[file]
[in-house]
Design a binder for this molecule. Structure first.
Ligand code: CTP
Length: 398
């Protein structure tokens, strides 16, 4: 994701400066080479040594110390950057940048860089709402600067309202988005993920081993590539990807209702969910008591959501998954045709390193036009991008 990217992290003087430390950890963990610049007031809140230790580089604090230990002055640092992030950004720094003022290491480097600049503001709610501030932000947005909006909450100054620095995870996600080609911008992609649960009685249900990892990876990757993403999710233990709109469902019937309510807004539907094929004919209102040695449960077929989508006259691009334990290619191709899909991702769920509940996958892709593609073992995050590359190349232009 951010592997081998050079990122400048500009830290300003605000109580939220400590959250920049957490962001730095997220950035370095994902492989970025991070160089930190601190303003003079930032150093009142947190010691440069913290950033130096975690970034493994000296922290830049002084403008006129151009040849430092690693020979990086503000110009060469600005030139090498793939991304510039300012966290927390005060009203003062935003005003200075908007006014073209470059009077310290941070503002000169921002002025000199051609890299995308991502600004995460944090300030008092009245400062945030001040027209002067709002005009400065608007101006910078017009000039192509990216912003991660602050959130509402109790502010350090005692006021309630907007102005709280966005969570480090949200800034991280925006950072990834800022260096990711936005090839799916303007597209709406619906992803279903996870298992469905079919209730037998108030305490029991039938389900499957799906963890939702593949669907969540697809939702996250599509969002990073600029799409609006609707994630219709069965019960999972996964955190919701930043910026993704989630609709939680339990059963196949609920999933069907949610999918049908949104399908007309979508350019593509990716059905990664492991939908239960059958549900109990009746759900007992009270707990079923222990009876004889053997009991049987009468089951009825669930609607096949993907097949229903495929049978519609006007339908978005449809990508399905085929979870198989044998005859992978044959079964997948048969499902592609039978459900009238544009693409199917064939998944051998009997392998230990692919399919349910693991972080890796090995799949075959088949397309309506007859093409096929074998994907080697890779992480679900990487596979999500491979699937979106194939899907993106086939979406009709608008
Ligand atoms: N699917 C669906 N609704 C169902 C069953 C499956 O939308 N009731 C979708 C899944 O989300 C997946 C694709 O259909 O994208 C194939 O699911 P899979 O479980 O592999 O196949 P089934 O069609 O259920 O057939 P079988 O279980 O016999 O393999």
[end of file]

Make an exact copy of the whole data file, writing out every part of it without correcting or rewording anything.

[in-house]
Design a binder for this molecule. Structure first.
Ligand code: CTP
Length: 398
């Protein structure tokens, strides 16, 4: 994701400066080479040594110390950057940048860089709402600067309202988005993920081993590539990807209702969910008591959501998954045709390193036009991008 990217992290003087430390950890963990610049007031809140230790580089604090230990002055640092992030950004720094003022290491480097600049503001709610501030932000947005909006909450100054620095995870996600080609911008992609649960009685249900990892990876990757993403999710233990709109469902019937309510807004539907094929004919209102040695449960077929989508006259691009334990290619191709899909991702769920509940996958892709593609073992995050590359190349232009 951010592997081998050079990122400048500009830290300003605000109580939220400590959250920049957490962001730095997220950035370095994902492989970025991070160089930190601190303003003079930032150093009142947190010691440069913290950033130096975690970034493994000296922290830049002084403008006129151009040849430092690693020979990086503000110009060469600005030139090498793939991304510039300012966290927390005060009203003062935003005003200075908007006014073209470059009077310290941070503002000169921002002025000199051609890299995308991502600004995460944090300030008092009245400062945030001040027209002067709002005009400065608007101006910078017009000039192509990216912003991660602050959130509402109790502010350090005692006021309630907007102005709280966005969570480090949200800034991280925006950072990834800022260096990711936005090839799916303007597209709406619906992803279903996870298992469905079919209730037998108030305490029991039938389900499957799906963890939702593949669907969540697809939702996250599509969002990073600029799409609006609707994630219709069965019960999972996964955190919701930043910026993704989630609709939680339990059963196949609920999933069907949610999918049908949104399908007309979508350019593509990716059905990664492991939908239960059958549900109990009746759900007992009270707990079923222990009876004889053997009991049987009468089951009825669930609607096949993907097949229903495929049978519609006007339908978005449809990508399905085929979870198989044998005859992978044959079964997948048969499902592609039978459900009238544009693409199917064939998944051998009997392998230990692919399919349910693991972080890796090995799949075959088949397309309506007859093409096929074998994907080697890779992480679900990487596979999500491979699937979106194939899907993106086939979406009709608008
Ligand atoms: N699917 C669906 N609704 C169902 C069953 C499956 O939308 N009731 C979708 C899944 O989300 C997946 C694709 O259909 O994208 C194939 O699911 P899979 O479980 O592999 O196949 P089934 O069609 O259920 O057939 P079988 O279980 O016999 O393999």